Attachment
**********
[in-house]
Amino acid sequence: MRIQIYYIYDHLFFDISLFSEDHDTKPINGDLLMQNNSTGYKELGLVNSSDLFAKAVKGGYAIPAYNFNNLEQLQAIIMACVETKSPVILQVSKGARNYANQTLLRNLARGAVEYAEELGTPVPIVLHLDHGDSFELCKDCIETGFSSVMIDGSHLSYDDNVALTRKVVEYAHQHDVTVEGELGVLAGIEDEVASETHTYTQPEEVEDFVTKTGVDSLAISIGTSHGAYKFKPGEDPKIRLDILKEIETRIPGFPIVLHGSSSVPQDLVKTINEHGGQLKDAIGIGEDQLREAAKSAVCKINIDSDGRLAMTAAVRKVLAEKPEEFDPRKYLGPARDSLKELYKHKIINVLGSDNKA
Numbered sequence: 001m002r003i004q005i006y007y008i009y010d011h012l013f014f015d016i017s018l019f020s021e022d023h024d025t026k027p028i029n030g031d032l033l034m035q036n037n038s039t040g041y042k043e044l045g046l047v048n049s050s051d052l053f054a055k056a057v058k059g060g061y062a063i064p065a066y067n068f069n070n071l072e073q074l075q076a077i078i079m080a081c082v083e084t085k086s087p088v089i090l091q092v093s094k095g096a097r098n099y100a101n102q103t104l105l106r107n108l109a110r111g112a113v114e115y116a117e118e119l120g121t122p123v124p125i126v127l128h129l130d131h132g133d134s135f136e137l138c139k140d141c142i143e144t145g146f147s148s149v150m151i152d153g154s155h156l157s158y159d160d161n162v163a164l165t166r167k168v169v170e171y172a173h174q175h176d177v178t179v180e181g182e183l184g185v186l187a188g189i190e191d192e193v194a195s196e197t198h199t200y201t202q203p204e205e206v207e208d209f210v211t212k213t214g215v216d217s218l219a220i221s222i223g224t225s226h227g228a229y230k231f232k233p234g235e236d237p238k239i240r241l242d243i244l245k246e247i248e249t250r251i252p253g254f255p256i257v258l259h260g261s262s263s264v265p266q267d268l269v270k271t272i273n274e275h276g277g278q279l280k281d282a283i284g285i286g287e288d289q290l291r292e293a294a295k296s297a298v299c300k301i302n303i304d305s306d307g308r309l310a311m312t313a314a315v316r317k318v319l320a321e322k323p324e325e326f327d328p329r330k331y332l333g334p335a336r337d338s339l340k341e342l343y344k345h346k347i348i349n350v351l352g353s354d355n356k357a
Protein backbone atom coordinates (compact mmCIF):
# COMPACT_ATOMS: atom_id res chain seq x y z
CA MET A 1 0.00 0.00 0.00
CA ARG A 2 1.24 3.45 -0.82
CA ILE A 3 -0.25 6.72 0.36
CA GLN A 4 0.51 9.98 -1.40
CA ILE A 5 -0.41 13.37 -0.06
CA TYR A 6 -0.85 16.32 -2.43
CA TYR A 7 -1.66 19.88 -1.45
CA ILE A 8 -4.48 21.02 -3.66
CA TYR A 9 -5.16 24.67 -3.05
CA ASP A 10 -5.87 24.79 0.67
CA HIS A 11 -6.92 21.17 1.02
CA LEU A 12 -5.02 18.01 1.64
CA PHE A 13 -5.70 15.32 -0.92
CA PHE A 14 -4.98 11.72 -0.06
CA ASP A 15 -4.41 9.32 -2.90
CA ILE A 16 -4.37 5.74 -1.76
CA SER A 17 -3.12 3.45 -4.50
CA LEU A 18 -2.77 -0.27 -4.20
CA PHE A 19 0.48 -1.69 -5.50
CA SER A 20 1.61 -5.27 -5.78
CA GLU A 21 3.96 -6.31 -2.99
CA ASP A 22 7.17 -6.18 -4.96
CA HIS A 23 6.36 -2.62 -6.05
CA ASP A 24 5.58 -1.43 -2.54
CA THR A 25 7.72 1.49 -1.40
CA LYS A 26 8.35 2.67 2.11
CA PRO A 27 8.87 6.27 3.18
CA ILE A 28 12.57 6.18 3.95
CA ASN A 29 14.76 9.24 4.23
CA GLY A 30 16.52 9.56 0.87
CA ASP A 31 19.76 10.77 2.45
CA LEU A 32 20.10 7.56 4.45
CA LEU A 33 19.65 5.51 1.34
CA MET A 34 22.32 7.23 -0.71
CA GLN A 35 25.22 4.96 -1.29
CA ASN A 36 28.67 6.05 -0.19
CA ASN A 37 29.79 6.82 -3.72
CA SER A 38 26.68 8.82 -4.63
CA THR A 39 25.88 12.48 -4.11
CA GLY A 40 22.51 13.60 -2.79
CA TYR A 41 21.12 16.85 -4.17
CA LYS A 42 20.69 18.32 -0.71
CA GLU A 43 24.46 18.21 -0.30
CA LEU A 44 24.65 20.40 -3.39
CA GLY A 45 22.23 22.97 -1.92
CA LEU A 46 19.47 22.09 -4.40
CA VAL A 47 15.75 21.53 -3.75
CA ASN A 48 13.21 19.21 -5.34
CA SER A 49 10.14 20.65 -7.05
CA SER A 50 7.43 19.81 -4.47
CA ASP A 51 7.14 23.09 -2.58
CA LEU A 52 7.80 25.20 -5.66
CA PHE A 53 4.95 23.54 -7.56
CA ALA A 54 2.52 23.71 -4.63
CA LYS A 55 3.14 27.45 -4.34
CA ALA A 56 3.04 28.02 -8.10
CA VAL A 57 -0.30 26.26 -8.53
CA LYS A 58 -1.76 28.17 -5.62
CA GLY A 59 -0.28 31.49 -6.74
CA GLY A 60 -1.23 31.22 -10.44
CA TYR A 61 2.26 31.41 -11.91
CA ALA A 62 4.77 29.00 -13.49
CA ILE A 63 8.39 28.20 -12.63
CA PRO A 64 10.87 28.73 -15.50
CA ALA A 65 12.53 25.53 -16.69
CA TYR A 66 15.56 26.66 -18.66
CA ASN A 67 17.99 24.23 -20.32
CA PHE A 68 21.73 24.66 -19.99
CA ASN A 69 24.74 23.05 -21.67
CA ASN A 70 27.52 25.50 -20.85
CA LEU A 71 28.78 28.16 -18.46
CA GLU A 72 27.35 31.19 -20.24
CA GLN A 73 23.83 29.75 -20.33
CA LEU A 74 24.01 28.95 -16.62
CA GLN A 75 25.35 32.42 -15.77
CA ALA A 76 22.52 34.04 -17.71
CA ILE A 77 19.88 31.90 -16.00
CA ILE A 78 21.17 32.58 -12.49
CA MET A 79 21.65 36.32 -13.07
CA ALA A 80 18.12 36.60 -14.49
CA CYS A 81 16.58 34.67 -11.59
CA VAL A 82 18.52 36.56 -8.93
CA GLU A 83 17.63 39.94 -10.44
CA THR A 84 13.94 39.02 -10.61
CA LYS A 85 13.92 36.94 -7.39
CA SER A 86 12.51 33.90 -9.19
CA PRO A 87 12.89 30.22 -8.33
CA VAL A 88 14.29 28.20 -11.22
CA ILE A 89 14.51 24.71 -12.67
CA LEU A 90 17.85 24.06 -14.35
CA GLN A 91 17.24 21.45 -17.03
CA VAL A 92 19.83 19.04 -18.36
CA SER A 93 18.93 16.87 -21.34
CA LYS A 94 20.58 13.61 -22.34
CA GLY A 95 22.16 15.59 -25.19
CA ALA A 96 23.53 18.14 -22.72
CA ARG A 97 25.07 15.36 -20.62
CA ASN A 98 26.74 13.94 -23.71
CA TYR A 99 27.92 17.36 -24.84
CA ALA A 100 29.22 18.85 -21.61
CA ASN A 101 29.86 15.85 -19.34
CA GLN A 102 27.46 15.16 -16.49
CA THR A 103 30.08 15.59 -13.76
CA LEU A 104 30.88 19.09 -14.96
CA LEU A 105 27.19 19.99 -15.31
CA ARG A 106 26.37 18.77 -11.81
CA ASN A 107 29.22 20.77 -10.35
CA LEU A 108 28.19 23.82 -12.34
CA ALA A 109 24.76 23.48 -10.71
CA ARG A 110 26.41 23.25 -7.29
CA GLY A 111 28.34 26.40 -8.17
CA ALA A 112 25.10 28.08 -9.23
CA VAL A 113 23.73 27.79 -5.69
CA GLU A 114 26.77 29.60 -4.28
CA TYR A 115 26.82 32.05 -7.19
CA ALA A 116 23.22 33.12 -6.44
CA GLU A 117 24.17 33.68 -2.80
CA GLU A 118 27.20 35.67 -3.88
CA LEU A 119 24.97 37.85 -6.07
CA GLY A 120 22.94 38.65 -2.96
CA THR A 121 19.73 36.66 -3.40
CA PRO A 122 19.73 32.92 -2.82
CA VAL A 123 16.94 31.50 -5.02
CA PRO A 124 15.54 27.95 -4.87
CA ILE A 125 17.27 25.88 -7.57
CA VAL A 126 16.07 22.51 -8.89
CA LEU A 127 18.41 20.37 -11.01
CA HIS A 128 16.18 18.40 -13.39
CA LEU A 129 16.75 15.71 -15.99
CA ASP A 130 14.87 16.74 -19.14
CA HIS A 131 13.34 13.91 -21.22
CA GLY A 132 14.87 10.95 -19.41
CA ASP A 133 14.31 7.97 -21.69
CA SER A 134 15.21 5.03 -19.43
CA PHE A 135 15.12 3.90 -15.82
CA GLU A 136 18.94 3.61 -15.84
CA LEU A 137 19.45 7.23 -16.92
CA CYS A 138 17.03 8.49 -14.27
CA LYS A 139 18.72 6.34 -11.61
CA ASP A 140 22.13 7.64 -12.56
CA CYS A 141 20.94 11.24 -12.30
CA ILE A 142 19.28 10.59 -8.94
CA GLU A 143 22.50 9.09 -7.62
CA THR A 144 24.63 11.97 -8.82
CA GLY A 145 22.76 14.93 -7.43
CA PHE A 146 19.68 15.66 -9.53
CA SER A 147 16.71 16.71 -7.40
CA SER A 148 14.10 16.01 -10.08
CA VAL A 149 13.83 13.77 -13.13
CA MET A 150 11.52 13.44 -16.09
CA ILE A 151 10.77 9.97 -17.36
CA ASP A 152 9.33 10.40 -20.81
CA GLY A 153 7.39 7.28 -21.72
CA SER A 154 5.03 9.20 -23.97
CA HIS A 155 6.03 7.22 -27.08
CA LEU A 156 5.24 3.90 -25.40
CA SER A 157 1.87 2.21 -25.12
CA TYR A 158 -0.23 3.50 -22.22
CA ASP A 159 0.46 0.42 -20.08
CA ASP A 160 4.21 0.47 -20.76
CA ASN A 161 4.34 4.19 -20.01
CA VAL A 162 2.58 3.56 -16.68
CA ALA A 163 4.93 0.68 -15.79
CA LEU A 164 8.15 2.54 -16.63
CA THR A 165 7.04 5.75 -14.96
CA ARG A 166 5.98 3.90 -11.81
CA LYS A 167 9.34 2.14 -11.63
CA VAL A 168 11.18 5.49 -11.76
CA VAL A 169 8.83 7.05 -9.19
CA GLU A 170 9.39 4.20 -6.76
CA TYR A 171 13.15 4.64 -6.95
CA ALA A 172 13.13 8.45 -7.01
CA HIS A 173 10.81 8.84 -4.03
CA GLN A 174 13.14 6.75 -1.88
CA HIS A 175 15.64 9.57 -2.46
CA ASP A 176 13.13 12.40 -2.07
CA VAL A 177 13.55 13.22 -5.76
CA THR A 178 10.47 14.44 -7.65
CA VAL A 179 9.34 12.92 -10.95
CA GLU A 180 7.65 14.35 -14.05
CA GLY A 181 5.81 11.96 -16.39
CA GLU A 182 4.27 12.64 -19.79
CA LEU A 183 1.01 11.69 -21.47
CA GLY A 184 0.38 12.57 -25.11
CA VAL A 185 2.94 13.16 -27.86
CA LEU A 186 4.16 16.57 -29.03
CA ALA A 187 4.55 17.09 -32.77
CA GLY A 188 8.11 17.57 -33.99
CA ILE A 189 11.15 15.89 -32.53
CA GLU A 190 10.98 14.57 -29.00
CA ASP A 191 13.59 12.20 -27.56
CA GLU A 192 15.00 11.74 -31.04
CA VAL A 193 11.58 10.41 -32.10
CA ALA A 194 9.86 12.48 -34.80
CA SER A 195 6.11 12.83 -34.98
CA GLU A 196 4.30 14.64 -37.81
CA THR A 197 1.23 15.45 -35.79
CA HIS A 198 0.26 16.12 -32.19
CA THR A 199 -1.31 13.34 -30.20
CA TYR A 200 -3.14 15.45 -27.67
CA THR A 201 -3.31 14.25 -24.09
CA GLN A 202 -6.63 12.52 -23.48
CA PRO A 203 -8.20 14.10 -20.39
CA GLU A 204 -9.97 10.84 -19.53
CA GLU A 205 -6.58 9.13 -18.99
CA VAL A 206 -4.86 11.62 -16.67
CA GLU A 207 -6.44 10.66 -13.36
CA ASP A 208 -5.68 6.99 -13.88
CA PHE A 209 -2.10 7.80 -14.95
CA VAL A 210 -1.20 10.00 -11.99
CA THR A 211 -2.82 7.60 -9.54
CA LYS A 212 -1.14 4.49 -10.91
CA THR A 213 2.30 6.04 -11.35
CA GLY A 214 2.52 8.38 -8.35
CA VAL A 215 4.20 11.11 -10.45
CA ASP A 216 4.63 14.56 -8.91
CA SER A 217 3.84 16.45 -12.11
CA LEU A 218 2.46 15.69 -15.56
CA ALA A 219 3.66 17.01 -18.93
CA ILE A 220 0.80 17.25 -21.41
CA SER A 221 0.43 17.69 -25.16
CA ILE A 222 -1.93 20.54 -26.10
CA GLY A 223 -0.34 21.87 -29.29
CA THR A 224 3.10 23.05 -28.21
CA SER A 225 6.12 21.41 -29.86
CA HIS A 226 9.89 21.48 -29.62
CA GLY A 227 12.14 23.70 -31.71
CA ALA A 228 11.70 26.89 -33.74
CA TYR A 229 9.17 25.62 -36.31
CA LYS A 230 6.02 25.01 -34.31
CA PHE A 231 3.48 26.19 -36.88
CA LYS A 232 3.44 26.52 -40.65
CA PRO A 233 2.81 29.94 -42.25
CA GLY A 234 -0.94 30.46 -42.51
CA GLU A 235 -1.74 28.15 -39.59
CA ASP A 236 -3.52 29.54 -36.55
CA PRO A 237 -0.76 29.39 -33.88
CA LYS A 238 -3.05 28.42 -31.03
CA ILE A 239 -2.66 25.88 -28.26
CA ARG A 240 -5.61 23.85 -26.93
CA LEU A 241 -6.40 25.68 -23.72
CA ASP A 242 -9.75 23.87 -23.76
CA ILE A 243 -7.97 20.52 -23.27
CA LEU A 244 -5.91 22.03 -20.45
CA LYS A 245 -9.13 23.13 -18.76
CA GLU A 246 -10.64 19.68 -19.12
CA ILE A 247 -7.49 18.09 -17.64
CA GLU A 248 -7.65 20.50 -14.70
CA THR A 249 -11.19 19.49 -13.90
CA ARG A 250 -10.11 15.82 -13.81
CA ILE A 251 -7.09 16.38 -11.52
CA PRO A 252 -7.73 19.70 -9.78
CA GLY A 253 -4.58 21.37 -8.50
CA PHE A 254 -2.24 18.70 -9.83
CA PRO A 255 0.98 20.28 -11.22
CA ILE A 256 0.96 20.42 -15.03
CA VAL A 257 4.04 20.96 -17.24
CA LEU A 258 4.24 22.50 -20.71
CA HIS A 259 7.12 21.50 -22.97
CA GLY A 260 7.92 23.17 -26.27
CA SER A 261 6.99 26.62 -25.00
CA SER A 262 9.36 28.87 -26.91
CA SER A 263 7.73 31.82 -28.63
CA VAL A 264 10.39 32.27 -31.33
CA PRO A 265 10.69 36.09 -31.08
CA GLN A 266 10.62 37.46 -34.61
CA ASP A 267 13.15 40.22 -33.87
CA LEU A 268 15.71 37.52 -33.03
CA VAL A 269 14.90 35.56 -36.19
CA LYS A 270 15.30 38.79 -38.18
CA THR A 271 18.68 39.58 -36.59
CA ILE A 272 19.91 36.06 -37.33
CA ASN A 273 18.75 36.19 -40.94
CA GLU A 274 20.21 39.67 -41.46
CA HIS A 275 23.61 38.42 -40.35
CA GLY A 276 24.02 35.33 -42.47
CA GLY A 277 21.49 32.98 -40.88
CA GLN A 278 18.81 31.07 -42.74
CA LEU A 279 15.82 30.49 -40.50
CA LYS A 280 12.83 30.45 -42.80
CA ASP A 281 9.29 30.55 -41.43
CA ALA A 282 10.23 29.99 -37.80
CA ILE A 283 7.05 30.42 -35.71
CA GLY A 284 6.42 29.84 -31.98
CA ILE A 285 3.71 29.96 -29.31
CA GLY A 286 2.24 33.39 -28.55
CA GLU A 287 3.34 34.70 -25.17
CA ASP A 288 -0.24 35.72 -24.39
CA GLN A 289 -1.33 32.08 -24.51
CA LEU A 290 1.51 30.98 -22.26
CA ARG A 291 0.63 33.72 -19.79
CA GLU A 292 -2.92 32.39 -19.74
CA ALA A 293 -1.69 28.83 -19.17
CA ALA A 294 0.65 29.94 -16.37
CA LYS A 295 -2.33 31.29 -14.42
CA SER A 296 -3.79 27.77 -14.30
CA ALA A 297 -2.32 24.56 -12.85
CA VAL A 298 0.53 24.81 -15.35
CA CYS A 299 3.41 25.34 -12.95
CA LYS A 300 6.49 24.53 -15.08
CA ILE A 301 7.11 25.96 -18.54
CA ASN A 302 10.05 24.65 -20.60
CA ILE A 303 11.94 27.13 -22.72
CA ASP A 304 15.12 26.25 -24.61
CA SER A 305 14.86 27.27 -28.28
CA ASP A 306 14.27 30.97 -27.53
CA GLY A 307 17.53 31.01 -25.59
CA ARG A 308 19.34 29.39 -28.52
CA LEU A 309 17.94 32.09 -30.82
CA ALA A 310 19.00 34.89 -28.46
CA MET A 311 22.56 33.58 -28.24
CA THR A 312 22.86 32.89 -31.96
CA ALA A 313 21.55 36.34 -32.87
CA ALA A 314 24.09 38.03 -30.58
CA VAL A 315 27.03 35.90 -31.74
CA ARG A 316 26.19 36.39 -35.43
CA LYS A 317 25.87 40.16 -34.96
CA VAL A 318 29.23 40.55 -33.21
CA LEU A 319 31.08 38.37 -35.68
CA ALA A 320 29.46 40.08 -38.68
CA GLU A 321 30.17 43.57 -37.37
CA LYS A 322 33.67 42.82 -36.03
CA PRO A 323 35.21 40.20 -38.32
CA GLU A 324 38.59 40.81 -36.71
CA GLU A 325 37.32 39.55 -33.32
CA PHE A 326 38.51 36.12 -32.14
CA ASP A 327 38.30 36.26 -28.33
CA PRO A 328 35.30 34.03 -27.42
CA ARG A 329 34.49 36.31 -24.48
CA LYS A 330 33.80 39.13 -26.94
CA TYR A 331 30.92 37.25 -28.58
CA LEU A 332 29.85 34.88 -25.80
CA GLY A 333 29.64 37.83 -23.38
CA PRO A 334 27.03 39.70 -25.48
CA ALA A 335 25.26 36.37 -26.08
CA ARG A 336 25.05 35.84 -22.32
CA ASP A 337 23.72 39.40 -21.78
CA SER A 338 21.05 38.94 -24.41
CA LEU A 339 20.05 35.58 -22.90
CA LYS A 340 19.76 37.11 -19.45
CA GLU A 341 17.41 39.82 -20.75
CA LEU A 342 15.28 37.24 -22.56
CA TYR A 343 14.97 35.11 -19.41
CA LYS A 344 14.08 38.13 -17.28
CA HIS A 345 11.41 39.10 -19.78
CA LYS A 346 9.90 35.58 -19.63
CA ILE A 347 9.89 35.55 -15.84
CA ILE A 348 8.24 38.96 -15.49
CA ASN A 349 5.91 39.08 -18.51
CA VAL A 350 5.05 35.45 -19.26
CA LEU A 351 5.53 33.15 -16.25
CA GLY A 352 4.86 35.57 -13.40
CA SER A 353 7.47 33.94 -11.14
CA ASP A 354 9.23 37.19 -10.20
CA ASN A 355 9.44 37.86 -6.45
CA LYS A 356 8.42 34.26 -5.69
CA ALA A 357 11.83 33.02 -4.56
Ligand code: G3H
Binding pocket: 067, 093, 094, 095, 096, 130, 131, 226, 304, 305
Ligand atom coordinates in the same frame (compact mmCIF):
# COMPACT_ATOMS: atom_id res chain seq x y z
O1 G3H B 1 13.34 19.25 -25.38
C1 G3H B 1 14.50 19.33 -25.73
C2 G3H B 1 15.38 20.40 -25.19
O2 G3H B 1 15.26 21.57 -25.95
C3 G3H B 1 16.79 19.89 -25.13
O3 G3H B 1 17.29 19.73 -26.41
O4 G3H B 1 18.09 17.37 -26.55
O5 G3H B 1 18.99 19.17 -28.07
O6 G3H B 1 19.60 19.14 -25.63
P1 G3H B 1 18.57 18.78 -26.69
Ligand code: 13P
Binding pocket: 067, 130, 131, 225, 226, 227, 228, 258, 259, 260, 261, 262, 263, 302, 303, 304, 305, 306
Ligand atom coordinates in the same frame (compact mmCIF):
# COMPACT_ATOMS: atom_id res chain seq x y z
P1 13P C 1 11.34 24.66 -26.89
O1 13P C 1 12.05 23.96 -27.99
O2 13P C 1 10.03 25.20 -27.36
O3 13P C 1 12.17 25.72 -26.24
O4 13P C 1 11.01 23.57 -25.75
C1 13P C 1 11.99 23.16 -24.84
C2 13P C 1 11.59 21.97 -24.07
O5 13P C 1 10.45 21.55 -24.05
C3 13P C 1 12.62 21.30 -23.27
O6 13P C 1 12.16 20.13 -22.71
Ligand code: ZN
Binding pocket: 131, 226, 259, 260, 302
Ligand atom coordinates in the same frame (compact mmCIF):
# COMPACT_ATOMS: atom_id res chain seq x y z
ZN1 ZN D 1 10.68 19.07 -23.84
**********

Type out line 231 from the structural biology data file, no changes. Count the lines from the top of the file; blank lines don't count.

CA HIS A 226 9.89 21.48 -29.62